covered area. In addition, the use of base station (BS) switchon/switch-off algorithms and antenna muting techniques to adapt to the traffic conditions, can further reduce energy consumptions.

 

Operate site infrastructure intelligently

The total 5G energy cost addition will be impacted by service provider deployment strategies and equipment choice. The solution is all about using insight into network reality, such as how traffic is divided over different sites, and then deploying infrastructure based on those insights. This can create a much leaner network in the sense that service providers will not have to spend as much capital expenditure (CAPEX) and also result in a situation where operator expenses (OPEX) can also come down, some of which will be energy based.

 

In most cases, low-traffic areas actually account for 70 percent of the network sites, yet usually carry about 25 percent of the total traffic. On the other hand, medium-to-high-traffic areas usually account for just 30 percent of the network sites yet carry up to 75 percent of the traffic. Traditionally, the industry has focused on building out the medium-to-high-traffic sites, while neglecting the tail end of networks where capacity constraints are low. However, low-traffic sites consume an overwhelming share of energy, while providing basic network coverage.

 

AI and advanced data analytics are already well integrated in many of today’s network management solutions. Yet, today, we see that they can increasingly offer more value in terms of reducing network energy consumption. Today, there are already solutions available on the market which allow service providers to operate their site infrastructure in a much more intelligent way. The savings offered by such solutions look likely to raise the pressure on service providers to modernize existing site infrastructure, in order to reap the gains right across the network.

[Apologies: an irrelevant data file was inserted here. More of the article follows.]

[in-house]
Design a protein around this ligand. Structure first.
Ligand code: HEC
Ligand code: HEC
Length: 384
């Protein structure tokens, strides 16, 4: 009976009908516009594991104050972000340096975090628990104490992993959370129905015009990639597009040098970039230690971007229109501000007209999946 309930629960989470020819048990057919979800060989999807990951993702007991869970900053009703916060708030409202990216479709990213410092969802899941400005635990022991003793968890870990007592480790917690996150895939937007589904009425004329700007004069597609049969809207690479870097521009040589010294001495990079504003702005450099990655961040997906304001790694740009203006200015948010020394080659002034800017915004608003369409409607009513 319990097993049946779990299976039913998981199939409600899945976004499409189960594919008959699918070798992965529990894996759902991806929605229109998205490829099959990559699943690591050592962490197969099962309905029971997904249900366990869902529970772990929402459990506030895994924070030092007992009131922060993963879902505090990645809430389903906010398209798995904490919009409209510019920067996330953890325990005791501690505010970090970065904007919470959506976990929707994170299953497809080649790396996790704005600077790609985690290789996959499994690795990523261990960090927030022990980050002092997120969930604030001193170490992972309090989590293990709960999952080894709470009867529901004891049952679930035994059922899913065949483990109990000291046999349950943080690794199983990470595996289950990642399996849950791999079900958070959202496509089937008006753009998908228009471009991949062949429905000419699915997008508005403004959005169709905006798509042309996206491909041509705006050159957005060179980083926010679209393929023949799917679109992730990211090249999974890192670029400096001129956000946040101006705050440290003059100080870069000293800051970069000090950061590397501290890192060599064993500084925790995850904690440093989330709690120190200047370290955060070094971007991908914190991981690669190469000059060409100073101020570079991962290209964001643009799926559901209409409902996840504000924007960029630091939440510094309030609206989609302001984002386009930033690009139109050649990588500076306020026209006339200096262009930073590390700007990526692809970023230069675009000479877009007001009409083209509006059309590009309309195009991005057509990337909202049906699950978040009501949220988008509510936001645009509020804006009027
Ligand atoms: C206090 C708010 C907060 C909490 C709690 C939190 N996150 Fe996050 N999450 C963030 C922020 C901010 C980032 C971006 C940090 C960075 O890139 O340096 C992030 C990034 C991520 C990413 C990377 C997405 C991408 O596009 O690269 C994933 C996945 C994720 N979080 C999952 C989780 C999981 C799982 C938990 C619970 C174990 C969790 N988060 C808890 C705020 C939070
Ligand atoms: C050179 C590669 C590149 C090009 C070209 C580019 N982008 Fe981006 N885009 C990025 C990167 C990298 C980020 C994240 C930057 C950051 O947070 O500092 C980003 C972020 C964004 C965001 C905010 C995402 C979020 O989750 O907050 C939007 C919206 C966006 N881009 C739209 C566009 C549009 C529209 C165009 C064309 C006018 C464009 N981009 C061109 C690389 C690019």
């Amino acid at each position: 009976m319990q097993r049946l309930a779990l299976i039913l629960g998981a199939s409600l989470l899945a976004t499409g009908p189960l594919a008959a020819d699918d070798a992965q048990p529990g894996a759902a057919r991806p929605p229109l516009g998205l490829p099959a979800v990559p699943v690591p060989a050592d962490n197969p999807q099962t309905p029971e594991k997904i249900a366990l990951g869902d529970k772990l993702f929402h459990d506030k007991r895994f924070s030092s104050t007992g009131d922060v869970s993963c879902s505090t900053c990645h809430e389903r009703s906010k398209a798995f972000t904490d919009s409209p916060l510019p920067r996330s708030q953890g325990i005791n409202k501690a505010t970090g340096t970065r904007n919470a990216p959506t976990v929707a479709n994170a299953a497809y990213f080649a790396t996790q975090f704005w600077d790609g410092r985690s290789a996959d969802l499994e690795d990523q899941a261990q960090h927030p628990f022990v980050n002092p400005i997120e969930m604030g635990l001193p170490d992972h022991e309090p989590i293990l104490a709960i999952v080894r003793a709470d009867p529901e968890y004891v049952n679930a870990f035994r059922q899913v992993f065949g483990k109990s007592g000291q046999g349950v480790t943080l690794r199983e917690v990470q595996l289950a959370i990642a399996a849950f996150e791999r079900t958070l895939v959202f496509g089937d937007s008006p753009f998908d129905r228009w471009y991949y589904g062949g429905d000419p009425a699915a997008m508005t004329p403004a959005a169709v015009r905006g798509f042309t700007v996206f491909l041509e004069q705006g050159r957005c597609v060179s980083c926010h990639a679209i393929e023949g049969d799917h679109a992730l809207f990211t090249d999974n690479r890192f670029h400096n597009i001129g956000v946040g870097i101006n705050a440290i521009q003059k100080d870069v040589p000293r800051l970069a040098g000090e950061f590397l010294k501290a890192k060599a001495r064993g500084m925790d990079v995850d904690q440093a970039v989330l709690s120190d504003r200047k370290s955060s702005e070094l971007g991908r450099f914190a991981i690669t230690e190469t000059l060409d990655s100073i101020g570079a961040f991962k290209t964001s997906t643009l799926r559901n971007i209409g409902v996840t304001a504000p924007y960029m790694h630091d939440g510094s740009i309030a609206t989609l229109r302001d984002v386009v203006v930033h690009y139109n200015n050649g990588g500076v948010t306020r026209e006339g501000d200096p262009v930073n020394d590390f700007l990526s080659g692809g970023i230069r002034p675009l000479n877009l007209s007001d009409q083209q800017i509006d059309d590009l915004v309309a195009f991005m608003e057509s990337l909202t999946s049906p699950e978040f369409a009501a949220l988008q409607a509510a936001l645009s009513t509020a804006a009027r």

By deploying the most appropriate hardware in each part where it is needed, service providers can serve demand, such as through Massive MIMO in denser traffic sites, and avoid over-dimensioning equipment in areas where there is less traffic.

 

Dense networks

The idea of dense networks is to deal with the explosively increasing number of devices to serve by increasing the amount of deployed infrastructure equipment.

Small Cells

A mobile network cell includes the antenna, base station and the physical area that is serviced by the cell. A standard cell is called a macro cell. A small cell is just a smaller version of a macro cell and is available in several sizes and powers: micro cells, pico cells and femtocells. Small cells are either installed inside buildings or outside in densely-populated areas. In the case of small cells, the Small Cell Forum predicts that 5G small-cell deployments will overtake 4G small cells by 2024, with the total installed base of 5G or multimode small cells in 2025 to be 13.1 million, constituting more than one-third of the total small cells in use. When you deploy more small cells, the total energy consumption of a network will grow.

 

However,  the energy consumption in a small cell is much lower than in a conventional cell. Moreover, the power required to communicate between clients and 5G base stations increases the further the signal has to be transmitted. Since small cell base stations are deployed in close proximity to client devices, it significantly reduces power consumption by both the base stations and the 5G client devices.